Edinburgh’s Social Bite village for homeless to be replicated across UK

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Villages for homeless people are set to begin appearing in other parts of the UK following the success of a Scottish prototype which opened in Edinburgh less than six months ago.

The Social Bite Village in Granton welcomed its first residents in July and is already almost at capacity, with 17 homeless people now staying there while they await permanent 
accommodation.

Social Bite homeless village. Pic: Ian George

Social Bite homeless village. Pic: Ian George

The first of its kind in Scotland, the village is made up of 11 newly built cottage-style houses and a community hub where residents socialise and meet support workers to help them move forward.

The project was created by the charity Social Bite, which runs five cafés across Scotland where members of the public can buy fresh food which is then served to homeless people.

Charity co-founder Josh Littlejohn said at least five residents had already secured paid employment, while a further five had enrolled on courses at nearby Edinburgh College or the Open University. One resident has started taking Spanish lessons, while members of the community are also encouraged to take part in yoga classes twice a week and complete a “daily mile” to keep fit.

Mr Littlejohn said the “true test” of the project would come when residents started to move into their own flats, but the charity is already speaking to other cities about recreating it around the UK.

Social Bite homeless village

Social Bite homeless village

Representatives from Aberdeen, Manchester and Sheffield have been in contact with a view to using the village as a “blueprint” for further projects, he told i.

One resident is Alistair Harris, 24, who was left homeless in July after a family breakdown. He came into contact with Social Bite after a staff member at one of its cafés spotted him on the streets.

“Once I told her my story and what I wanted help with, she helped me through it all,” he said.

“There’s a lot of trust that needs to be put in, because a lot of people say they want to change but never do.”

A view of NestHouses at the Social Bite Village, Edinburgh to provide a place to live and support for up to 20 people. Pic: Jeff Holmes, PA.

A view of NestHouses at the Social Bite Village, Edinburgh to provide a place to live and support for up to 20 people. Pic: Jeff Holmes, PA.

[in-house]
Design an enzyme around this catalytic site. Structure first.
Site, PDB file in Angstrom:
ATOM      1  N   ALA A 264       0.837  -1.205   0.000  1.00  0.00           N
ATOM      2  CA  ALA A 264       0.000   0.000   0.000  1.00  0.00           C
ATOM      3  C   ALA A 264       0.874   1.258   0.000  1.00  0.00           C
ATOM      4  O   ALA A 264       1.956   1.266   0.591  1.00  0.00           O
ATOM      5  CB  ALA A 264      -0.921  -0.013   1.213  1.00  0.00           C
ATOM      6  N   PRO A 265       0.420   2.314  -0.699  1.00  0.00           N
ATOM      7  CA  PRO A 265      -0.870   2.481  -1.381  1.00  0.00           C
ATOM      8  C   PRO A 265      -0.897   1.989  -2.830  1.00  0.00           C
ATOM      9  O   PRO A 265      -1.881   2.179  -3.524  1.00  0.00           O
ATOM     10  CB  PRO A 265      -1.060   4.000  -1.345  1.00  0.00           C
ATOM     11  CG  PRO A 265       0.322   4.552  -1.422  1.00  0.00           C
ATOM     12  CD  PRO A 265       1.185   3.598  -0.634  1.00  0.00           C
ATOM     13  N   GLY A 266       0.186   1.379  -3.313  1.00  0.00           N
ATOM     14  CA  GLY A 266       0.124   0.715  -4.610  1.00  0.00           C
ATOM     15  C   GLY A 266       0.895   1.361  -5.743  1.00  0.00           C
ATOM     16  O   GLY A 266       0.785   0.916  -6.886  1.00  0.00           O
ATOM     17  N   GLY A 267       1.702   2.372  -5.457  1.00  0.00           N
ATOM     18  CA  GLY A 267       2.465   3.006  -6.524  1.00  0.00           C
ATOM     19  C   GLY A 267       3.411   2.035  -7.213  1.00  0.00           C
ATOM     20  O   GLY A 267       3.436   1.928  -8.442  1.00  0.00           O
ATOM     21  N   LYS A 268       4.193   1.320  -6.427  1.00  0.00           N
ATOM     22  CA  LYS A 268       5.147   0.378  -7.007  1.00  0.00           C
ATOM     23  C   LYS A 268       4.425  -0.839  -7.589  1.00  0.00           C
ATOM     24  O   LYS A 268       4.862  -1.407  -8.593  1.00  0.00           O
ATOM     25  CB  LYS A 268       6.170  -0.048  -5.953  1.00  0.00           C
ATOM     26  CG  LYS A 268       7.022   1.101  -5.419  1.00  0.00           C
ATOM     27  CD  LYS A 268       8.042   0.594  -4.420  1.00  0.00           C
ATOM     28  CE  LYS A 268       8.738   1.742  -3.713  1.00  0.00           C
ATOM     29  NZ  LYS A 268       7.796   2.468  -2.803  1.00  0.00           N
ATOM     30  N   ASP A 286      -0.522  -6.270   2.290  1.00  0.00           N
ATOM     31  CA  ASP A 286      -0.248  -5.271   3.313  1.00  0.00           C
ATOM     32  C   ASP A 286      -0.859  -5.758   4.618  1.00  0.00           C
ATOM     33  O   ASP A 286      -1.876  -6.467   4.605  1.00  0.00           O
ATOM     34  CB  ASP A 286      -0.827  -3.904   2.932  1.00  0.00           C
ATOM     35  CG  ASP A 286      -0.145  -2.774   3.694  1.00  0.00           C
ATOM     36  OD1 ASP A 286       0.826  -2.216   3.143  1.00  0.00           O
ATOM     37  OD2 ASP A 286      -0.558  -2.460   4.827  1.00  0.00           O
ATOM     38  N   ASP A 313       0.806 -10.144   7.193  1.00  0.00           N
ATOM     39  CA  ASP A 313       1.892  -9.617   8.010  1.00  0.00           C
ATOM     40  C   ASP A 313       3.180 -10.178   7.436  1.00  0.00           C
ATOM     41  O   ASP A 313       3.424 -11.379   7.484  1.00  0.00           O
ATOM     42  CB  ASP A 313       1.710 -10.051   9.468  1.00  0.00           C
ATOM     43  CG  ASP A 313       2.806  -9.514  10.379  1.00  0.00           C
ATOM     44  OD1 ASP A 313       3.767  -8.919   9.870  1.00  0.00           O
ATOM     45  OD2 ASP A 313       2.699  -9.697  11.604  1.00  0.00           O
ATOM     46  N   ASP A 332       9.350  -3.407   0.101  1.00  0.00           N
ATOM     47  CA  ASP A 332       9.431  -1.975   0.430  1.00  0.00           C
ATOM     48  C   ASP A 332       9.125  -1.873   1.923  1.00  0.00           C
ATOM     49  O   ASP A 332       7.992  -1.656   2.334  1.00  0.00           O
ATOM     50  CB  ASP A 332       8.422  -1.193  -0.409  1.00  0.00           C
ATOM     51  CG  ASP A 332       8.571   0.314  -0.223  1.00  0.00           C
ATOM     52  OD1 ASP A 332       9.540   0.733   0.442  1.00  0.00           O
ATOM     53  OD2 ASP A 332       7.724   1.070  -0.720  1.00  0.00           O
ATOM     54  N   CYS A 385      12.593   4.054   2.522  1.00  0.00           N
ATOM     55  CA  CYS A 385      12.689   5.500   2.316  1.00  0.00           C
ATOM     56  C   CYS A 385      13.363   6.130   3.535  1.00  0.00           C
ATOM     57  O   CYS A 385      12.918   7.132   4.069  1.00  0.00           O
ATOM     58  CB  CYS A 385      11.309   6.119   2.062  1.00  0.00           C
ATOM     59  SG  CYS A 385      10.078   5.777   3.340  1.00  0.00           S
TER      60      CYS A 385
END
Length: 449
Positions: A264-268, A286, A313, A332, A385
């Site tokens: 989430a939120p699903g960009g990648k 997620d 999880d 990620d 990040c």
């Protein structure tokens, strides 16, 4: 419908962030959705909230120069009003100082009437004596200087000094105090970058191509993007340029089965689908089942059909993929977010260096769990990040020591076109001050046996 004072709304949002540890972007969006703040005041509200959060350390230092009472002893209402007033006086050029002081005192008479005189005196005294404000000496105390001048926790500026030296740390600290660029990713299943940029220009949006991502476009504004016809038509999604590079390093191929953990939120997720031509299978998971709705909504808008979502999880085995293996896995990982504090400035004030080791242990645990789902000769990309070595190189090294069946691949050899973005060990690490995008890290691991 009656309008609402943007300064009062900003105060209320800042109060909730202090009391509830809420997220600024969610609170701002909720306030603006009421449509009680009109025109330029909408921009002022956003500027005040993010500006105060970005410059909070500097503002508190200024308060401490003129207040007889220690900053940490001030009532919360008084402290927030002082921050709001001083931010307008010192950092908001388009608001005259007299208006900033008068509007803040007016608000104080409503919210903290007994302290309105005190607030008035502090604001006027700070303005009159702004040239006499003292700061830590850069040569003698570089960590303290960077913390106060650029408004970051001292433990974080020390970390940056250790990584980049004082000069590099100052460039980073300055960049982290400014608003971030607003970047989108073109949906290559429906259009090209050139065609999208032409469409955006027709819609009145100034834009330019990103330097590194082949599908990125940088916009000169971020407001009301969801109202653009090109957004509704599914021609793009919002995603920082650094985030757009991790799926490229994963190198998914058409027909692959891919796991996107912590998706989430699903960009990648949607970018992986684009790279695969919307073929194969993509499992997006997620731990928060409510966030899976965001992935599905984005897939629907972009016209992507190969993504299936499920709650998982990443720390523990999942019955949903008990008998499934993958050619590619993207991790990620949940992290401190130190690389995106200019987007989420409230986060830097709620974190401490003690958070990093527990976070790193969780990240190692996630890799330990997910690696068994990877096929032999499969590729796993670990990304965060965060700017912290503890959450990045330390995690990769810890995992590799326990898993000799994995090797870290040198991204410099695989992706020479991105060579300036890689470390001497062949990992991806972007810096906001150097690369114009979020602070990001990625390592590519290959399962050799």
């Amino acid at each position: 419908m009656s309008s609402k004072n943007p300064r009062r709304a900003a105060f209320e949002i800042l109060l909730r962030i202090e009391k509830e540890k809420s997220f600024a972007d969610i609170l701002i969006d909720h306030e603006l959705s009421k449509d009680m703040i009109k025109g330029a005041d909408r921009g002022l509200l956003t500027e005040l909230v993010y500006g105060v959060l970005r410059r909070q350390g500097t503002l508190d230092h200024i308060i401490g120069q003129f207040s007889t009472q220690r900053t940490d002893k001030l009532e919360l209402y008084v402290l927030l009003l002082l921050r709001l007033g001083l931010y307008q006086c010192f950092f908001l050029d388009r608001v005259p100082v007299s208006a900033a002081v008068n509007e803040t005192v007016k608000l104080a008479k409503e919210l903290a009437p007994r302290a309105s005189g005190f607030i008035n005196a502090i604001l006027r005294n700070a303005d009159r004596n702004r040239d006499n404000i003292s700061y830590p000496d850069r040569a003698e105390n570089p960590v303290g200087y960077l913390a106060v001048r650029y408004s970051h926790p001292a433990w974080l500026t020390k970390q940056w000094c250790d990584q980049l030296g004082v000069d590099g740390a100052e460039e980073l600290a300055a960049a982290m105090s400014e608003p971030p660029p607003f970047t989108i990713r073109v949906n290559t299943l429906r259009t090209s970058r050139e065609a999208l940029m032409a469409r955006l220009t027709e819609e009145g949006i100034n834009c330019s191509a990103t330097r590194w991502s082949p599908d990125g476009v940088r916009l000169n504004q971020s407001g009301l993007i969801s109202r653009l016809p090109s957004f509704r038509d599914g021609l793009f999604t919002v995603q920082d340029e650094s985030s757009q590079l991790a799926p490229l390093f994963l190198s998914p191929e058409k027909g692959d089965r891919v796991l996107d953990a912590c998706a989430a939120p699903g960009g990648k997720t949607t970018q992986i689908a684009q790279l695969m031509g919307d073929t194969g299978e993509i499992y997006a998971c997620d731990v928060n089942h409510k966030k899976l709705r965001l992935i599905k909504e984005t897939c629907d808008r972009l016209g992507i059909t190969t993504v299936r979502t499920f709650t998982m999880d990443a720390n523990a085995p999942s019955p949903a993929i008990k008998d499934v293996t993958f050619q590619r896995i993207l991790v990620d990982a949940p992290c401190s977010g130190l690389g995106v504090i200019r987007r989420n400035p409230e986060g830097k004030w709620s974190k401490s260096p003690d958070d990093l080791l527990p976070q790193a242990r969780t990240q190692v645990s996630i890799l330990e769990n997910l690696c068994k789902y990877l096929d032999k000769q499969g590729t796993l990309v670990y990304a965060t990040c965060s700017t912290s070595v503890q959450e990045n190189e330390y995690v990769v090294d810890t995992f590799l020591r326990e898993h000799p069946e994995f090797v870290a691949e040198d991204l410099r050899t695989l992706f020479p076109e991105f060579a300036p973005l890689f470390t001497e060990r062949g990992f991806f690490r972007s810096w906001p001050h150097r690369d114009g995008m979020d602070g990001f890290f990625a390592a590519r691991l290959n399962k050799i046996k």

Just three days after he became homeless Social Bite found him a room in a B&B, and less than a month later he moved into the village, where he has now been living for two months.

“I knew what I wanted, but I didn’t know how to do it,” he said. “When I first got told about the village, I thought it was pretty cool – amazing. After two weeks I started volunteering in gardening.

“Everyone seems to get on, they’re really nice. We watch TV together and make food, go for a lot of long walks. Before Social Bite, I had nothing – no ID, no bank account. All I need now is a house.”

Charity workers from the Cyrenians are on site 24 hours a day to help residents get back on their feet, with most expecting to stay for between a year and 18 months while they wait for a house.

Pictured L-R: Donna Nicol (Senior Community Builder - Social Bite Village) // Alistair Harris (Resident at Social Bite Village) // Henri Van der Elst (Resident at Social Bite Village) // Alan Nestor (Managing Director - Edinburgh Bicycle Co-operative)

Pictured L-R: Donna Nicol (Senior Community Builder - Social Bite Village) // Alistair Harris (Resident at Social Bite Village) // Henri Van der Elst (Resident at Social Bite Village) // Alan Nestor (Managing Director - Edinburgh Bicycle Co-operative)

Kathy Hoyle, who has been the manager of the village since it opened, said most residents had come from a “tense” or “threatening” atmosphere and appreciated the peace it offered.

“The two words that mainly come out are ‘relief’ and ‘relaxed’,” she said. “[Before they arrive] they’ve not really known where they’re going to be that night or how long they’re going to stay. This just gives them a little bit of time to relax and breathe, realise that we trust them and they don’t always have to be on their guard.”